Non Surgical Treatment
Reducing inflammation in the plantar fascia ligament is an important part of treatment, though this does not address the underlying damage to the ligament. Initial home treatment includes staying off your feet and applying ice for 15 to 20 minutes three or four times a day to reduce swelling. You can also try reducing or changing your exercise activities. Using arch supports in your shoes and doing stretching exercises may also help to relieve pain. Nonsteroidal anti-inflammatory drugs (NSAIDS), such as ibuprofen (i.e. Motrin or Advil) and naproxen (i.e. Aleve), are often used to reduce inflammation in the ligament. If home treatments and over-the-counter anti-inflammatory drugs don’t ease the pain, an injection of a corticosteroid directly into the damaged section of the ligament can be given. Your doctor can do this in his or her office. Your doctor may use an ultrasound device to help determine the best place for the injection. Corticosteroids can also be administered on the skin of your heel or the arch of your foot, and then a painless electrical current is applied to let the steroid pass through your skin and into the muscle. Physical therapy is an important part of treatment for planter fasciitis. It can help stretch your plantar fascia and Achilles tendons. A physical therapist can also show you exercises to strengthen your lower leg muscles, helping to stabilize your walk and lessen the workload on your plantar fascia. If pain continues and other methods aren’t working, your doctor may recommend extracorporeal shock wave therapy. Sound waves are bombarded against your heel to stimulate healing within the ligament. This treatment can result in bruises, swelling, pain, and numbness, and has not been proven to be consistently effective in relieving symptoms.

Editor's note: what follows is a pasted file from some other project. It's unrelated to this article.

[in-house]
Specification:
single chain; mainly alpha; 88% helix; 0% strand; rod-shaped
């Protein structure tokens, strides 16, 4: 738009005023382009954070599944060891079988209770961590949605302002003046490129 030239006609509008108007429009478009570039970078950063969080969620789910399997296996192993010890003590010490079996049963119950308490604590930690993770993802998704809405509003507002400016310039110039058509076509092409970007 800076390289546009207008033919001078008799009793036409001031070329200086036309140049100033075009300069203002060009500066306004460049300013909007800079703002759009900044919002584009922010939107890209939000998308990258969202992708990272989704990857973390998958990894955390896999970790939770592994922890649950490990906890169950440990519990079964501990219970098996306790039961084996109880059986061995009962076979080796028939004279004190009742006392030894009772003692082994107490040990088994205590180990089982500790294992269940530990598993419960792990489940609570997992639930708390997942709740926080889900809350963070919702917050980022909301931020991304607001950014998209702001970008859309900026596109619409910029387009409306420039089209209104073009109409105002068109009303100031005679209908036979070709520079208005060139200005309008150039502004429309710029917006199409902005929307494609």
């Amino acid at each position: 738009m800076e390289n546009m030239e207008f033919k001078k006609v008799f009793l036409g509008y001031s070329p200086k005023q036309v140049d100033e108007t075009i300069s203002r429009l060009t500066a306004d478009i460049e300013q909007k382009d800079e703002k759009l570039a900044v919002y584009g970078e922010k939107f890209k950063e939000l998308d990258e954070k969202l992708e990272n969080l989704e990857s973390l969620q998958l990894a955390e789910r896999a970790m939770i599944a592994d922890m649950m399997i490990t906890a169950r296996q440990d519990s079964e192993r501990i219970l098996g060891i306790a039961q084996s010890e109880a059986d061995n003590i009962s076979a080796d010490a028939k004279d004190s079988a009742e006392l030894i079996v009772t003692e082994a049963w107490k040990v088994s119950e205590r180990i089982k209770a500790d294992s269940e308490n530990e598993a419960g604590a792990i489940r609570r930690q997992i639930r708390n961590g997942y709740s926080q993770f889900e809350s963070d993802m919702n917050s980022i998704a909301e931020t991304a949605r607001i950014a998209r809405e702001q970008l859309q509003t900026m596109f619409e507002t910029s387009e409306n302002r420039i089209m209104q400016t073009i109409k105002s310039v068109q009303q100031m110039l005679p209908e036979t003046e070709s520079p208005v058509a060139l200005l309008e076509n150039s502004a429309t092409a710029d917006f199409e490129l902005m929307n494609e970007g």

Surgery may be considered in very difficult cases. Surgery is usually only advised if your pain has not eased after 12 months despite other treatments. The operation involves separating your plantar fascia from where it connects to the bone; this is called a plantar fascia release. It may also involve removal of a spur on the calcaneum if one is present. Surgery is not always successful. It can cause complications in some people so it should be considered as a last resort. Complications may include infection, increased pain, injury to nearby nerves, or rupture of the plantar fascia.
While it's typical to experience pain in just one foot, massage and stretch both feet. Do it first thing in the morning, and three times during the day. Achilles Tendon Stretch. Stand with your affected foot behind your healthy one. Point the toes of the back foot toward the heel of the front foot, and lean into a wall. Bend the front knee and keep the back knee straight, heel firmly planted on the floor. Hold for a count of 10. Plantar Fascia Stretch. Sit down, and place the affected foot across your knee. Using the hand on your affected side, pull your toes back toward your shin until you feel a stretch in your arch. Run your thumb along your foot--you should feel tension. Hold for a count of 10.